Self-Employment Beats Relying on a Government Check for Rent

Commentary by Delores Manley

     I have a job. I am a self-employed vendor of The Homeless Grapevine. I, like many people who sell products, have a vendor’s license to sell the paper. I have to abide by the rules of the paper to keep my license, and we go through training before we get it. A person with little to no income can make a decent living or better by selling this paper.

      I work during the winter months just at the West Side Market so I can make enough to rent a room, buy some groceries, and put a little in the bank. But, in the summer, when I can, I will go to other locations to make more money. I once knew a vendor who was so ambitious he made $1,500 a week selling the Grapevine. That’s $6,000 a month, or about $78,000 a year, and that was almost ten years ago. So don’t tell us to get a job because we’re doing very well being self-employed.

    The Homeless Grapevine isn’t a get-rich-quick scheme like some other businesses where you have to put money down to start. After someone is trained, they receive a temporary vending license, and they are given 10 free papers to start. That means someone can put $5 in their pocket almost right away, and buy another 20 papers with the other $5 they make. That 20 papers brings the vendor another $20, and then they can turn around and get 40 papers by putting down another $10, which means they can then make $40 and so on.

      We are not panhandling - we’re selling a real product. If we panhandled, we could lose our licenses. I have seen people give money to horn players and violin players on the streets. No one calls them bums and tells them to “get a job,” so why do people have to put us down? We are human beings too.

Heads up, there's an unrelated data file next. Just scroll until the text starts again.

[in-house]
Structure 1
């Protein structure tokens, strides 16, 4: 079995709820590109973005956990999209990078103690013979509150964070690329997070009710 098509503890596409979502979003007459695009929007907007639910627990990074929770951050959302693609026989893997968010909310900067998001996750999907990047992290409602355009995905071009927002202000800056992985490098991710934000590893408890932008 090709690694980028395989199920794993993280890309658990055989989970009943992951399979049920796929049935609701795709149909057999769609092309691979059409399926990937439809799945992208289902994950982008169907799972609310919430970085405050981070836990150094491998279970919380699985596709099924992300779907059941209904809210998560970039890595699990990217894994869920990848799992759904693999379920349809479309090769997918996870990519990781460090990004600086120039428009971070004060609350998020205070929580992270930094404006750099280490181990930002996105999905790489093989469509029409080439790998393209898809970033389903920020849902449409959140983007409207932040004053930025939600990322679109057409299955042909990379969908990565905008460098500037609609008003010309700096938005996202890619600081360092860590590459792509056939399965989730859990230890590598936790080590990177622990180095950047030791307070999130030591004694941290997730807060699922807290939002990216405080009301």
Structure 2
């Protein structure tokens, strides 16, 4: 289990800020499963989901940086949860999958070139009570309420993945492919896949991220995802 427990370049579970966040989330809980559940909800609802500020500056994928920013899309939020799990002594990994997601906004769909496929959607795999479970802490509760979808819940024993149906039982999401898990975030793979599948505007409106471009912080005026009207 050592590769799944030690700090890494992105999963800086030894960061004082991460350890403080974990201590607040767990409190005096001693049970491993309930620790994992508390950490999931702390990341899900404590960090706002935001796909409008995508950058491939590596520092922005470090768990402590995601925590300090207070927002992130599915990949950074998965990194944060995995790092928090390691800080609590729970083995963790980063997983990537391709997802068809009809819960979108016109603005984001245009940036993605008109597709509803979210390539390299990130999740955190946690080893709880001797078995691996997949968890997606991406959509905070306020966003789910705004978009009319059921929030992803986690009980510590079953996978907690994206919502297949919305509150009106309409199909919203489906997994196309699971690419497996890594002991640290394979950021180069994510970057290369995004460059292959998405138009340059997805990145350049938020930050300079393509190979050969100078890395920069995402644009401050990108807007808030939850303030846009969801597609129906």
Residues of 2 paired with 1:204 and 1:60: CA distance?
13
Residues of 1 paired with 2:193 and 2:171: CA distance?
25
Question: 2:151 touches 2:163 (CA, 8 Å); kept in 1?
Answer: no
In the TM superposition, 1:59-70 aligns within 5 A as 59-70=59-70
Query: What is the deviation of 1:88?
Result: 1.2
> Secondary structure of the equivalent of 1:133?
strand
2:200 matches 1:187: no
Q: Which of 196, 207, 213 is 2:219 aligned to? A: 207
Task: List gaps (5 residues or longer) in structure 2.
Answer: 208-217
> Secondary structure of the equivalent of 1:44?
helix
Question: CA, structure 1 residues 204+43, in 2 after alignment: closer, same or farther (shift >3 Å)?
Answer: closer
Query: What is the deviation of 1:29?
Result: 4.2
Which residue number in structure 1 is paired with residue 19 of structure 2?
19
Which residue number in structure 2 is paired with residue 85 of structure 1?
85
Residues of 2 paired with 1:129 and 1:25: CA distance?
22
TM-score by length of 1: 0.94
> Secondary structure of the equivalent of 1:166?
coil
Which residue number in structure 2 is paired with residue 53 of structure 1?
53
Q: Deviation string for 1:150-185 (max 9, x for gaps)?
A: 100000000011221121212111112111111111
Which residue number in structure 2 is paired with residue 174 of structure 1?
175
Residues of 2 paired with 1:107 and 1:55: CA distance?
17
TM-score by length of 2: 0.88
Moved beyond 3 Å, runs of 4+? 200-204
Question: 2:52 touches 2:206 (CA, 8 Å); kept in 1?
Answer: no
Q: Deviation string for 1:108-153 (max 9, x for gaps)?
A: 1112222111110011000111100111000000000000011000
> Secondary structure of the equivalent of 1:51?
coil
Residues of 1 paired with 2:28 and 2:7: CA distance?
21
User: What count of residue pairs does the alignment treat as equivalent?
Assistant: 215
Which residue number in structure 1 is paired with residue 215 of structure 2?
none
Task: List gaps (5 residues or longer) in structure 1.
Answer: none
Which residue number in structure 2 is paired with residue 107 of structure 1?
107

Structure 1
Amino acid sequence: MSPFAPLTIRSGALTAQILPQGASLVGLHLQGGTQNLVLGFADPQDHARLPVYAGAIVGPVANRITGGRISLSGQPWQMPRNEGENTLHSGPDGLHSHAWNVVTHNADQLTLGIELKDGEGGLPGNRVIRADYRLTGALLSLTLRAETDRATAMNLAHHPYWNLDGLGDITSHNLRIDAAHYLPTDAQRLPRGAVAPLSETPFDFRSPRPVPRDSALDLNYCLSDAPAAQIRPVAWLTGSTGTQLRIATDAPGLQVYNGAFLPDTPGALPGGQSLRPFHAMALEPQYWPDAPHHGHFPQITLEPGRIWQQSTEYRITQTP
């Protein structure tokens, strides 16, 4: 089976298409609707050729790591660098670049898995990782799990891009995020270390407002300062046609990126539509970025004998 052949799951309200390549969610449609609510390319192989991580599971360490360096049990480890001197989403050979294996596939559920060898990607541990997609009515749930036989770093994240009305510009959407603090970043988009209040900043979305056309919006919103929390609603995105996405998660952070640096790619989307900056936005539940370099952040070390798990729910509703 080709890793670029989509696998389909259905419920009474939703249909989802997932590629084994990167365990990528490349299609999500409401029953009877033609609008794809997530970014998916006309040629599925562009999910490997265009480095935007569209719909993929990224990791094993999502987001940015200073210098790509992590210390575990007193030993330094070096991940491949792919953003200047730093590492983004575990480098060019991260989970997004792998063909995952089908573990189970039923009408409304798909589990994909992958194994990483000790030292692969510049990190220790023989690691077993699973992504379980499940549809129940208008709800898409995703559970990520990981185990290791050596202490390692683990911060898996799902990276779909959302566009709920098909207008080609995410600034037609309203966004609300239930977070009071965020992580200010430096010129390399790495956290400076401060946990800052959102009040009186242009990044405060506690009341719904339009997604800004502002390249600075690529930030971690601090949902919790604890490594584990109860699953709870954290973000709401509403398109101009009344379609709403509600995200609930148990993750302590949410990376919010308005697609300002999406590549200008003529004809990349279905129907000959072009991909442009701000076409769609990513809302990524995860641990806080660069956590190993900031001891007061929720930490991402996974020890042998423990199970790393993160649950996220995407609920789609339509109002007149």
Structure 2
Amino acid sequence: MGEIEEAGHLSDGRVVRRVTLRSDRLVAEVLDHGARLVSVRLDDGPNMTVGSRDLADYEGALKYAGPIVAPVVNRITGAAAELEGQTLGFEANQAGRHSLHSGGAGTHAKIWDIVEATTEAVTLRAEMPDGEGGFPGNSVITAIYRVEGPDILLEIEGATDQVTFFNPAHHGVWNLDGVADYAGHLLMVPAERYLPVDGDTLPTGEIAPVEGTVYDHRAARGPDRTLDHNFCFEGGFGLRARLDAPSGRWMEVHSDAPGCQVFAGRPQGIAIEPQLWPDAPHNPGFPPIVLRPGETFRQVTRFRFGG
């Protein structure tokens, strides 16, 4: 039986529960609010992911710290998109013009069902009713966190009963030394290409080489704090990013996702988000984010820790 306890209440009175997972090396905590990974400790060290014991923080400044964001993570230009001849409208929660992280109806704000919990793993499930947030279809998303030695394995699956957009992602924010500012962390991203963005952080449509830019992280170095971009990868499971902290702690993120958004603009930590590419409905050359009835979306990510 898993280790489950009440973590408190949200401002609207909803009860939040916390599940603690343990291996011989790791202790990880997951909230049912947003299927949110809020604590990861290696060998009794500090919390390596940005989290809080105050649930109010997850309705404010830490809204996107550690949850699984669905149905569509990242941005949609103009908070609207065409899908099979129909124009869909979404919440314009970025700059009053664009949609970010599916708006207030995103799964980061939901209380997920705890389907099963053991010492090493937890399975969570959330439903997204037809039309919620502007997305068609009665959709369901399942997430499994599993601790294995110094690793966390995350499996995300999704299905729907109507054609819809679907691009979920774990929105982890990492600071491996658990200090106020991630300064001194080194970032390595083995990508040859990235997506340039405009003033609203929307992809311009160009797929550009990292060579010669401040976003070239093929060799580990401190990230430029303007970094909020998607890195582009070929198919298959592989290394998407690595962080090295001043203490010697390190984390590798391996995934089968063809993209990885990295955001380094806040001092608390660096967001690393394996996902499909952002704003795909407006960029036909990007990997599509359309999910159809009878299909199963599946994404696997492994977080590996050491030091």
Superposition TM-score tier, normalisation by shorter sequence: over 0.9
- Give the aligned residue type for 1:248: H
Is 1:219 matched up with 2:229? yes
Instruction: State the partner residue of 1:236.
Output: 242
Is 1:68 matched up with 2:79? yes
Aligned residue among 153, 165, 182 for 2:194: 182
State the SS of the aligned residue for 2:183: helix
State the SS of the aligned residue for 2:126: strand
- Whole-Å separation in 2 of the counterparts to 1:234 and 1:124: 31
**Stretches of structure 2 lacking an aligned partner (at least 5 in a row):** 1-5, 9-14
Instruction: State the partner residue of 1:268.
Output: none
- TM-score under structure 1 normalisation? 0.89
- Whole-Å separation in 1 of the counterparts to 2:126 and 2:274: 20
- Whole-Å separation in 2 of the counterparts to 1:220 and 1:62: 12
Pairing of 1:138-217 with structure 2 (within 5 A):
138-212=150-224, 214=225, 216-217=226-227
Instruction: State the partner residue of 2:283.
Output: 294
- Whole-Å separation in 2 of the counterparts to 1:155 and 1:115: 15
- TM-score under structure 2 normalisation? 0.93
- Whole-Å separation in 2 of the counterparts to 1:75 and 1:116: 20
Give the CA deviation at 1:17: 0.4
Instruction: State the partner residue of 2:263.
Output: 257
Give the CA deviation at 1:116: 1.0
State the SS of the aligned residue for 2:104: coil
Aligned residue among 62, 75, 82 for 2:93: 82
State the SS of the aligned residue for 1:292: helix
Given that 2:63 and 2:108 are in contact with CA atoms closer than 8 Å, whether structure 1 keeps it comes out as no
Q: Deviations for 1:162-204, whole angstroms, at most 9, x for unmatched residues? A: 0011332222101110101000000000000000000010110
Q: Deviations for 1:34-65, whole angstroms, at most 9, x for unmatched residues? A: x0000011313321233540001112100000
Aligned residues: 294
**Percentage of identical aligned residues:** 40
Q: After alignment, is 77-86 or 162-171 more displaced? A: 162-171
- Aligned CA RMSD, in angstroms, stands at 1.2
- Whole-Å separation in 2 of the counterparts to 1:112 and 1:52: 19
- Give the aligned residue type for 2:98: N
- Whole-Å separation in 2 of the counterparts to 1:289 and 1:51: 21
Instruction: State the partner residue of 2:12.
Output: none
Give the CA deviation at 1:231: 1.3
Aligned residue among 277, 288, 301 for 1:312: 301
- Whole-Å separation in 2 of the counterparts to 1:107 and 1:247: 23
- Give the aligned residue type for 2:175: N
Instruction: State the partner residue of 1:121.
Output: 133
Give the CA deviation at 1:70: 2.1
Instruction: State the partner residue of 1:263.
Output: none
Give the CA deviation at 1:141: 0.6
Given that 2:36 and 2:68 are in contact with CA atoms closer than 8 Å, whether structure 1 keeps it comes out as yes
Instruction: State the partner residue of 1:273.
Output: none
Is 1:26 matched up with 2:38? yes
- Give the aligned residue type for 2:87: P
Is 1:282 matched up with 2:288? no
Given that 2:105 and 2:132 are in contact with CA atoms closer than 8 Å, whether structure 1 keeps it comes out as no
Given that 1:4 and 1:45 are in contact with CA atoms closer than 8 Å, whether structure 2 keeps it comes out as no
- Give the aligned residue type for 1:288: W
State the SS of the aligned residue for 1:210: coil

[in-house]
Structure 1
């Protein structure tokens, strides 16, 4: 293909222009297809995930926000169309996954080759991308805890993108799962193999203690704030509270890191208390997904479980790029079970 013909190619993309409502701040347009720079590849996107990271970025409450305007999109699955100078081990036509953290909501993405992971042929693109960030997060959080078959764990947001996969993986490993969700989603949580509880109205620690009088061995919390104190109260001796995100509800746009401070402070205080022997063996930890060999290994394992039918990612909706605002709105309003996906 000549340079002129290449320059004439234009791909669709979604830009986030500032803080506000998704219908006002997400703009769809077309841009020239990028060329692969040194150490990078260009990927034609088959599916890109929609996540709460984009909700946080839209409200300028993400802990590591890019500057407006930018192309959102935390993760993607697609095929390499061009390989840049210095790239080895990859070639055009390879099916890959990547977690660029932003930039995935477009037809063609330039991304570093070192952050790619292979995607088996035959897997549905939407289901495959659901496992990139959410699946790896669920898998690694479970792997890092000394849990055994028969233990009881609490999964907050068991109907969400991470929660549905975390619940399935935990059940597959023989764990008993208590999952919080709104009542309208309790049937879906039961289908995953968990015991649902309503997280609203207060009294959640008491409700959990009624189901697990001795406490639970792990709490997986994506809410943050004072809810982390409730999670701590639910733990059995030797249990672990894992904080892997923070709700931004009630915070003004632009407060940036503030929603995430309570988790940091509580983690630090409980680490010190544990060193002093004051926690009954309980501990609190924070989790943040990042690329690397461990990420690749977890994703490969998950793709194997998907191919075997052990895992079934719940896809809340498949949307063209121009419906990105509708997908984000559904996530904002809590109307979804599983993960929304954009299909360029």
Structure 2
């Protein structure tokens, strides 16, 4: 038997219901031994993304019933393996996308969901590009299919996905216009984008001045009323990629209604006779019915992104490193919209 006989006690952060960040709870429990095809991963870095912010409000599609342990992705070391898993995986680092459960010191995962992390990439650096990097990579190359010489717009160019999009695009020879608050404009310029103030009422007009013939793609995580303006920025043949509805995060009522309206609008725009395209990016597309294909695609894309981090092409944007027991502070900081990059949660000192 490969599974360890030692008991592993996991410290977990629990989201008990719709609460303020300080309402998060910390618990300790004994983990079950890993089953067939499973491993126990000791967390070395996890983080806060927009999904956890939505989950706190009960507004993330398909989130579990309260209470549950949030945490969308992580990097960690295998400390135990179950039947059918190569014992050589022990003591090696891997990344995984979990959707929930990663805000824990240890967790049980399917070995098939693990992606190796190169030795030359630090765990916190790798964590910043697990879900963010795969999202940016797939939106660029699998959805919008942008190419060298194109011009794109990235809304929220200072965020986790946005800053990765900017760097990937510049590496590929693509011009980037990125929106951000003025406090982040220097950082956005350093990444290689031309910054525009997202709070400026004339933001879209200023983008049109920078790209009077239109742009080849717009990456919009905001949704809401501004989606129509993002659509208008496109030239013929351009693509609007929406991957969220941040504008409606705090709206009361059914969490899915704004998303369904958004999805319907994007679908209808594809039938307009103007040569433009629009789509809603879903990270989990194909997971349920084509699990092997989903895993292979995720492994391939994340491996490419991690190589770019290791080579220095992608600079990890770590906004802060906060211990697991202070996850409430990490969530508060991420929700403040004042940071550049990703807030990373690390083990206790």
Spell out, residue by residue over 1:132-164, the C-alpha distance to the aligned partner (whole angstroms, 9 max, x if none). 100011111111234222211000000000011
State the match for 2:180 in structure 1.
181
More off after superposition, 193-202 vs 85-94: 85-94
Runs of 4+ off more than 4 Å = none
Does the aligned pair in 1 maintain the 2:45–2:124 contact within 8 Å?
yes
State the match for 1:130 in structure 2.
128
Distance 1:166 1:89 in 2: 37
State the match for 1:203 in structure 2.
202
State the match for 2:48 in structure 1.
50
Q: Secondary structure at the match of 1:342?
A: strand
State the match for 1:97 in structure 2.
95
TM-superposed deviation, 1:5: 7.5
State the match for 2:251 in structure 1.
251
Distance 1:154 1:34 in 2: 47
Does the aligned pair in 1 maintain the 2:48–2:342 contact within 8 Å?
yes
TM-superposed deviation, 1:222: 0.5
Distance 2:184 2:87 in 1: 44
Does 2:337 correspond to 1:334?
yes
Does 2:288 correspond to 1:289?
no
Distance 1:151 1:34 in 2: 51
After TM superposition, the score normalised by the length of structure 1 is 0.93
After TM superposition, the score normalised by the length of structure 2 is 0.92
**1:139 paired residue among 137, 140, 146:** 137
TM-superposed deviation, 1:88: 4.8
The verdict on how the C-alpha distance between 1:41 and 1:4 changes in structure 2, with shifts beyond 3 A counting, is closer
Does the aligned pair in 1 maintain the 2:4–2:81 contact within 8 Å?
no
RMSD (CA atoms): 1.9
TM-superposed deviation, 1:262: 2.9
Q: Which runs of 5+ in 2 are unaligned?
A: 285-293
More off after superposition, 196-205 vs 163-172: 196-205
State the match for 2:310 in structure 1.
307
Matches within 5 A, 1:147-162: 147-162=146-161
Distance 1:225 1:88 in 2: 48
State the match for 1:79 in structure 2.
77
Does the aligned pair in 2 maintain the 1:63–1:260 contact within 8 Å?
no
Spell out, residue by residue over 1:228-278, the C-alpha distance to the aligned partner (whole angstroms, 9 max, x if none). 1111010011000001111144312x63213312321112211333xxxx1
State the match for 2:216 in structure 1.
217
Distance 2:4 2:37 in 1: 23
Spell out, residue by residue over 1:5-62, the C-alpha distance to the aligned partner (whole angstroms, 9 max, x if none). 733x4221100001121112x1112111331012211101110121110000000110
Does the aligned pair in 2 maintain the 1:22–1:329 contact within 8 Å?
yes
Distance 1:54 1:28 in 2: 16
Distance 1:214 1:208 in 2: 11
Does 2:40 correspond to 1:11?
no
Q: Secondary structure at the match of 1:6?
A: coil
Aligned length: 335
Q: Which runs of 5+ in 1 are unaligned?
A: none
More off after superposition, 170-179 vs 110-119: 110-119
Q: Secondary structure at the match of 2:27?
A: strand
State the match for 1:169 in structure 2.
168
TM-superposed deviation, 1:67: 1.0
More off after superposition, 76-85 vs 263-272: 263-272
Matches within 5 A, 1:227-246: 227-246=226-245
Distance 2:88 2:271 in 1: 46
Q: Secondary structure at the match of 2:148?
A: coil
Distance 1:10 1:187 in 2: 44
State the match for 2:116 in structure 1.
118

Sometimes our vendors are nice and even give away copies of the paper instead of charging a dollar. Don’t criticize our paper if you don’t read it. Also, I have seen people wearing sports shirts that cost $35-$45, or even more. People don’t mind paying that much for a shirt that should probably cost $15 or less so don’t knock our business; we’re not ripping people off.

    This paper keeps me from going on welfare and from living off of your taxes. You have a choice, we don’t pressure you into buying the paper. Some people’s kids insist on making their parents buy them those $75 player’s shirts so they can be part of the “in-crowd,” though the shirts shouldn’t cost anywhere near that much. The player wouldn’t even acknowledge someone wearing their shirt unless that person was dying or on-camera.

    Meanwhile, our paper is only a dollar, and you get lots of stories about homeless people and articles written by homeless people. Even you can write an article if you want, and you would be compensated with 60 free papers for that. Just think - you can show your friends that you wrote an article, and you can speak your mind.

   Lots of people subscribe to and read the Grapevine. Reporters at channels 3, 5, and 8 read the Grapevine. Something about our paper must interest them if they’re reading it. Also, our paper has valuable information for people living on the streets, like where to find help with food, shelter, abuse, alcoholism, etc.

    This paper can do a lot for just one buck. I know sometimes panhandlers try to sell our paper, if they find one that a customer has thrown out, but all you have to do is ask to see a badge. A real Grapevine vendor will be happy to show you a badge. A panhandler will just shake his cup at you. I used to use a can to keep my money, but I was told to be professional with the paper, so now I act like a business person when I get a buck or two.

 Copyright NEOCH, The Homeless Grapevine #70, May 2005. All Rights Reserved